Why Addison Rae’s ‘He’s All That’ Isn’t All That


Tik-Tok is the latest social media app taking the world by storm. Tik-Tok’s big influencers gain their massive views and followers through their enticing dances (inspired by other creators) and aesthetics. Addison Rae is one of the largest influencers whose gotten famous because of her viral dancing videos. She has garnered 84.5 million followers on the app. Being a huge influencer like Addison Rae comes with many benefits: millions of fans and views, expensive brand deals, and…movie deals? 

 You read that right. Movie deals. But why? It’s simple.

The bottom line is these production companies want money. So much so that they are willing to sacrifice the integrity of the film industry. An industry that is very hard to succeed in, has become a place where a million likes can get you a million-dollar deal. However, producing low-quality movies for a quick buck is simply not worth it. These movies may be profitable now but there are far more cons than pros to this. A recent example movie titled, “He’s All That” is a Netflix remake of the classic rom-com, “She’s All That”. In the original movie, a popular jock takes on a challenge from his friends to turn the nerdy girl into a popular girl. In the remake, the plotline is the same but there is a gender swap between the two roles.  

 There have been more changes to the movie than just a gender swap. The overall quality and enjoyment of the film have gone down significantly.  The movie was released and received constant hate across all social media platforms. Twitter user, @roramdin, took to the platform to say, “He’s all that has to be one of the worst movies I’ve ever f****** seen.” Since the user doesn’t go by their real name most know her as, @scytherellaa. In her Tik-Tok she shows a clip of a character dancing awkwardly.

The user makes fun of how corny the movie came out and it was received in agreement with half a million likes and ten thousand comments agreeing with the video. A pattern with these videos and tweets is the complaint of how bad the acting and overall quality is. In addition to this, the films then go on to do terrible on rating sites. On Rotten Tomatoes a certified fresh score, the average score, the film received a 30% overall rating on Rotten Tomatoes. One audience rater, Haley R, on Rotten Tomatoes says, “Absolutely terrible. Tarnishes the name of the original, She’s All That”. this is just one of the hundred negative audience reviews.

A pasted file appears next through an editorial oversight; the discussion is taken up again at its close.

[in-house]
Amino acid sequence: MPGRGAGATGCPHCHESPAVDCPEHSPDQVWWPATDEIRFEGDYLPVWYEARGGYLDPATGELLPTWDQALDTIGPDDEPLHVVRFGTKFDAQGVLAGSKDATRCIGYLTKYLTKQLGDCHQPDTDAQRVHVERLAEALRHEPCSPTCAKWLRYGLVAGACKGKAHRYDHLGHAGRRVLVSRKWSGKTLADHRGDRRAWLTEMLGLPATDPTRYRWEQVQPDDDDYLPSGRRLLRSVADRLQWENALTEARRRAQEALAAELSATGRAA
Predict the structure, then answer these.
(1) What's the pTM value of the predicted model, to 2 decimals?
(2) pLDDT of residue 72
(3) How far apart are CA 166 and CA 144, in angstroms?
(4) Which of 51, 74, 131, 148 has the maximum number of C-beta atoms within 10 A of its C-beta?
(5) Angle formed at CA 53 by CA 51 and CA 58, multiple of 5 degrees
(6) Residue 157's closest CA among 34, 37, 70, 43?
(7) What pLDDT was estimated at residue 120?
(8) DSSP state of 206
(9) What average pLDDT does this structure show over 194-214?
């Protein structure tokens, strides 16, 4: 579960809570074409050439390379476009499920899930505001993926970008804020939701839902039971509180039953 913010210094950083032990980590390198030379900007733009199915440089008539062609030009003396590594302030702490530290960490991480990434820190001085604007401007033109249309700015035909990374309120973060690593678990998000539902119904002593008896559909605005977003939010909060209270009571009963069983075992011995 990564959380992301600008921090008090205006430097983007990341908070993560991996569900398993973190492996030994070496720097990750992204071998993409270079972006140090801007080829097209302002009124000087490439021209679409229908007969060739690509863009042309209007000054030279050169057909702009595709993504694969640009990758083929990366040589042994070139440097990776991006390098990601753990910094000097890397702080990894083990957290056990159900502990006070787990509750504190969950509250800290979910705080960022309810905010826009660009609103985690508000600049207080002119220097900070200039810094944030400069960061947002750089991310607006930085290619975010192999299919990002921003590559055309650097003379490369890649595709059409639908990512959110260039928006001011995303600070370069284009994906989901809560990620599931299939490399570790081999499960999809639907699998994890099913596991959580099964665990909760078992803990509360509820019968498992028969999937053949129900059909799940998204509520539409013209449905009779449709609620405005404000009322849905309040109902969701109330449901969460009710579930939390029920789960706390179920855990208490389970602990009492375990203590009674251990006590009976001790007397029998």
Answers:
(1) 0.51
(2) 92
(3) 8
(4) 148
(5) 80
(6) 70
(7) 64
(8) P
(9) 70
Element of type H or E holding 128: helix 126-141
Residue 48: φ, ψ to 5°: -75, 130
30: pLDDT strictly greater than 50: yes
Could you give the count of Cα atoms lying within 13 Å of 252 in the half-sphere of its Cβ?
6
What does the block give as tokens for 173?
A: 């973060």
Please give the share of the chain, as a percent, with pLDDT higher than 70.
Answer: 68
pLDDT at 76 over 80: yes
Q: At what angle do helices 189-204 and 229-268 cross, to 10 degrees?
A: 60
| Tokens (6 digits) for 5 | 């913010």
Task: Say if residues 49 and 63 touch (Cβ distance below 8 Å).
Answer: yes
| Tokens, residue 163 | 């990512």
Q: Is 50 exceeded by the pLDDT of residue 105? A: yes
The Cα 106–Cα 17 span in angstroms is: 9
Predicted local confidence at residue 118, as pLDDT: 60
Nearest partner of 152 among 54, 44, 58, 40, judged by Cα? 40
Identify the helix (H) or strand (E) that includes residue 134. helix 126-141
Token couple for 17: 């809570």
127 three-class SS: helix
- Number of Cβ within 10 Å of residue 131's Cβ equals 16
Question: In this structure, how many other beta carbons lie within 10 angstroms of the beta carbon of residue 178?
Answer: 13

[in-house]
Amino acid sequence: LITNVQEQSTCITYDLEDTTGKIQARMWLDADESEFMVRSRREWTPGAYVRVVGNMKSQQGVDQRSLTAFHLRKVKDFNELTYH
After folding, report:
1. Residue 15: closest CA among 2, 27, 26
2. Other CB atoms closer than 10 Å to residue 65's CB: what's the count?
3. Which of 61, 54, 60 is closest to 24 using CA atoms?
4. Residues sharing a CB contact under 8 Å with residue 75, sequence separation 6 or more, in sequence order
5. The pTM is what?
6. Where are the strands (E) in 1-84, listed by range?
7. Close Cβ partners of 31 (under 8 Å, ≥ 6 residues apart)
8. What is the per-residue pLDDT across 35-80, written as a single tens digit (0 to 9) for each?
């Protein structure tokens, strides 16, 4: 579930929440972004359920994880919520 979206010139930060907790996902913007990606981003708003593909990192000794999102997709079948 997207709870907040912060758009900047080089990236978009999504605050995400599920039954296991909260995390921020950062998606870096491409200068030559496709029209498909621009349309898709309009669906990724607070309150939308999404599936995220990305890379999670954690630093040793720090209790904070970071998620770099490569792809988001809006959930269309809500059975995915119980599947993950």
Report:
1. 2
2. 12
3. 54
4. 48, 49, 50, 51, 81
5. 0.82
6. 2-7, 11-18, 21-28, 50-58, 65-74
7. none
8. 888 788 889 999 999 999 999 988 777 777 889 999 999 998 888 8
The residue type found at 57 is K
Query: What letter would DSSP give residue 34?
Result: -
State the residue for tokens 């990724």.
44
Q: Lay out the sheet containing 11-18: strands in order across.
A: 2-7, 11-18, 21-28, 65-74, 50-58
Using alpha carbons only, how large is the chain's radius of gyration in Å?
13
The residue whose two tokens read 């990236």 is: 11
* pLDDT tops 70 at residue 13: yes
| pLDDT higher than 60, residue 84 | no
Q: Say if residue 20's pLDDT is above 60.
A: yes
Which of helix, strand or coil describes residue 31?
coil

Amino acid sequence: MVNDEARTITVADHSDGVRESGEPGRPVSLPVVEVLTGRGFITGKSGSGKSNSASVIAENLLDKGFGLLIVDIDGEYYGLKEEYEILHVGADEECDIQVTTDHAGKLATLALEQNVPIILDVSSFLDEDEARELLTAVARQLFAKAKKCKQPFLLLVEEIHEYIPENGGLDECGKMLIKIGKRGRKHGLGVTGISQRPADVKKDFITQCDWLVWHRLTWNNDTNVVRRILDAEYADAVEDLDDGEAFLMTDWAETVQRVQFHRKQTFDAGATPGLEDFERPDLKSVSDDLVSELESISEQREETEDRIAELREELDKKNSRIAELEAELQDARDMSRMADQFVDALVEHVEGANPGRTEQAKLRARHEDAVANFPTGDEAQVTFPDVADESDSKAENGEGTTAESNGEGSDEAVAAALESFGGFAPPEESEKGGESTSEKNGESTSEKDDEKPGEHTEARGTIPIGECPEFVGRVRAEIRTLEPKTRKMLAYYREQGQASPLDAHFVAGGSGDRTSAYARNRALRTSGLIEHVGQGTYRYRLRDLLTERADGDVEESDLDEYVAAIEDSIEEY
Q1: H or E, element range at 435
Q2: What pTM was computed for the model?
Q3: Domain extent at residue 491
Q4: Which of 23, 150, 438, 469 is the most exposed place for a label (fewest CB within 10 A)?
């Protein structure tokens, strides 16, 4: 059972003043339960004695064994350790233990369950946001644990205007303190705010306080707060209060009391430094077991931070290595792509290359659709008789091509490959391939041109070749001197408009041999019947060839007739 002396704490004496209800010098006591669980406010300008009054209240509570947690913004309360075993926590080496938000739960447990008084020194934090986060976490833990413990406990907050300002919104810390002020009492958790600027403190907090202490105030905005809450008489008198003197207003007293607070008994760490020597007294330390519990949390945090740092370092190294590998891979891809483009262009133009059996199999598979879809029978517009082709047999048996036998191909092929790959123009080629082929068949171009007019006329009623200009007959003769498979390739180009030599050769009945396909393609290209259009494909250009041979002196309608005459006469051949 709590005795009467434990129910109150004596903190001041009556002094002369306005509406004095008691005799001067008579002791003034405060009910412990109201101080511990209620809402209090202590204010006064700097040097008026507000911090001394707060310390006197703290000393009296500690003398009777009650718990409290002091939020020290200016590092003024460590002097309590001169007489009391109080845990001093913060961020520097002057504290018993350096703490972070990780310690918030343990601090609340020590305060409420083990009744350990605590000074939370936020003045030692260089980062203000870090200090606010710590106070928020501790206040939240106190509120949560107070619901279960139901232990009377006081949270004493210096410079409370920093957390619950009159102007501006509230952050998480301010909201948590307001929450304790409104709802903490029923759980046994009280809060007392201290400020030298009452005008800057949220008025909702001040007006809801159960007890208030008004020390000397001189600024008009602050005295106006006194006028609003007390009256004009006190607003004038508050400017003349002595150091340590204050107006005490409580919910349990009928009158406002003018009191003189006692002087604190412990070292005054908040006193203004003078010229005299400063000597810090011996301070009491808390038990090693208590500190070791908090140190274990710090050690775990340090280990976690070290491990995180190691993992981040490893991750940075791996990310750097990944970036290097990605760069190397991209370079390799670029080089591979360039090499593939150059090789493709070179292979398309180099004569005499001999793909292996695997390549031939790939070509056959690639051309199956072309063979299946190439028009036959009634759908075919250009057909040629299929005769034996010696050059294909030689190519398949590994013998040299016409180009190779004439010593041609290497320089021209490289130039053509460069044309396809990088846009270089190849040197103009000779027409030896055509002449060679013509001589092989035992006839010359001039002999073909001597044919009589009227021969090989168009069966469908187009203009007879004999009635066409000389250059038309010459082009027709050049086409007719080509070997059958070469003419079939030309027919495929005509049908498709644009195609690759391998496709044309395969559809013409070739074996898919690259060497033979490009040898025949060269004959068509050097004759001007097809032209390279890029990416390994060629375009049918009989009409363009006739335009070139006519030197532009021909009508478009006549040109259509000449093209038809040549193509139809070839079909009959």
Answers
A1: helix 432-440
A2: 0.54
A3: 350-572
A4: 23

However, as mentioned earlier, Netflix is willing to produce a movie like this for easy money. Although Netflix does not provide their box offices publicly, the movie sat at the #1 spot in the movie category for a whole week. And although there is an abundance of negative reviews regarding the film, there have also been some positive ones. One audience reviewer under the name, Valentina C said, “To be honest, I really enjoyed this movie, even more than the first one (She’s all that) I liked the depth of the characters. The story of Padget and Cameron and how they like each other little by little… which in the first film we never saw too much.

Addison’s performance is pretty bad, if she took a few classes she could get a lot better. I think her performance was the worst thing about the film itself (although she clearly wasn’t hired for her acting skills) anyway, I quite liked it!”. An acting coach on Tik-Tok with 144,000 followers (@bernardhiller) gave a very kind review of Addison’s acting with no negative undertones and he also complimented other actors in the film. He included helpful tips in the video along with reassuring words like, “Addison could have a very long career in front of her.” Despite the few positive comments the movie does have, they are drowned out by the strong force of negative comments. With so many viewers expressing their strong distaste for the film it can only be assumed that “He’s All That” isn’t really all that. 

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